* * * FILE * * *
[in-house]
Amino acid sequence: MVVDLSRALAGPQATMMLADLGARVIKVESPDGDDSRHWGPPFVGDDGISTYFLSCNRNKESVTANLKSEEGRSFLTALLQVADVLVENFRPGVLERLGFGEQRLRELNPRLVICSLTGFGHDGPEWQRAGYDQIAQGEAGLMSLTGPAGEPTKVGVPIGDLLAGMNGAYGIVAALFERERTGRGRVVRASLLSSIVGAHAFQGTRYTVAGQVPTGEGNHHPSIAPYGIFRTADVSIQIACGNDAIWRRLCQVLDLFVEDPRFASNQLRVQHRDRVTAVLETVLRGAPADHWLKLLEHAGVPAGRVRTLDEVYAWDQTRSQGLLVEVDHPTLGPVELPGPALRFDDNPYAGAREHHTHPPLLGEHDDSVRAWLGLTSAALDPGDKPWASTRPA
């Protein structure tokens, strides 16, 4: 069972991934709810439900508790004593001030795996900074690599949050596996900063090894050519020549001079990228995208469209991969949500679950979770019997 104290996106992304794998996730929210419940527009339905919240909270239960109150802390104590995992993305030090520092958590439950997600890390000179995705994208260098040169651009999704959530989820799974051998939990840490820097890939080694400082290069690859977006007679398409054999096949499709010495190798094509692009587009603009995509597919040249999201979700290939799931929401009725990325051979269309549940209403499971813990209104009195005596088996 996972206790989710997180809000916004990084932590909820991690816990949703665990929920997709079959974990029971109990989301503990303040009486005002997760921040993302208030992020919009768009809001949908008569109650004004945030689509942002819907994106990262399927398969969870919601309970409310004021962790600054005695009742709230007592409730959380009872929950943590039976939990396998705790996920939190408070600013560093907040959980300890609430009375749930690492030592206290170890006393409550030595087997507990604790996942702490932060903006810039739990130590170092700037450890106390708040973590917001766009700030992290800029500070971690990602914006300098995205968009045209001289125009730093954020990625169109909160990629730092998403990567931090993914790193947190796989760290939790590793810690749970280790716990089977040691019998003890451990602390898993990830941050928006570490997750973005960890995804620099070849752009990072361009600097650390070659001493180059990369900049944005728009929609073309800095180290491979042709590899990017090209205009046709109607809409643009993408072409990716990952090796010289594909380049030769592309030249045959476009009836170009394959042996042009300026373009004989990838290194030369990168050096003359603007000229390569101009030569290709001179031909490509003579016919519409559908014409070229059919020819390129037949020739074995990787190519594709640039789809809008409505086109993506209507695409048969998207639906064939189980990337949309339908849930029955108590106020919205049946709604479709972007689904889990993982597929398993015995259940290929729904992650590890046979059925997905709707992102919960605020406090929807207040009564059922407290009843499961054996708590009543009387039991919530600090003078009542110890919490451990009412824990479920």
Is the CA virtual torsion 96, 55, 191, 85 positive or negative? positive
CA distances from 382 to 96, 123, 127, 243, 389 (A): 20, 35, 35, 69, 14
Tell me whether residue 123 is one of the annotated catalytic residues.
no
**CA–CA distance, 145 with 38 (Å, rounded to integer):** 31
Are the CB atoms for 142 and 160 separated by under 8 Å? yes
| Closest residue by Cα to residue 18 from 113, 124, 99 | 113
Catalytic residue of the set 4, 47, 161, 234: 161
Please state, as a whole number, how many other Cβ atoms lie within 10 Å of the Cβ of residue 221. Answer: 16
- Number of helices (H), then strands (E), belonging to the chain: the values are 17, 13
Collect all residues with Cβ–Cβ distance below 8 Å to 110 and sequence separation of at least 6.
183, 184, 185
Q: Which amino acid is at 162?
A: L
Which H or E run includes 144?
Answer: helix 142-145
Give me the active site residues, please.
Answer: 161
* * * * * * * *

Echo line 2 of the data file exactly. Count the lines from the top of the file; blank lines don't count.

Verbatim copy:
Amino acid sequence: MVVDLSRALAGPQATMMLADLGARVIKVESPDGDDSRHWGPPFVGDDGISTYFLSCNRNKESVTANLKSEEGRSFLTALLQVADVLVENFRPGVLERLGFGEQRLRELNPRLVICSLTGFGHDGPEWQRAGYDQIAQGEAGLMSLTGPAGEPTKVGVPIGDLLAGMNGAYGIVAALFERERTGRGRVVRASLLSSIVGAHAFQGTRYTVAGQVPTGEGNHHPSIAPYGIFRTADVSIQIACGNDAIWRRLCQVLDLFVEDPRFASNQLRVQHRDRVTAVLETVLRGAPADHWLKLLEHAGVPAGRVRTLDEVYAWDQTRSQGLLVEVDHPTLGPVELPGPALRFDDNPYAGAREHHTHPPLLGEHDDSVRAWLGLTSAALDPGDKPWASTRPA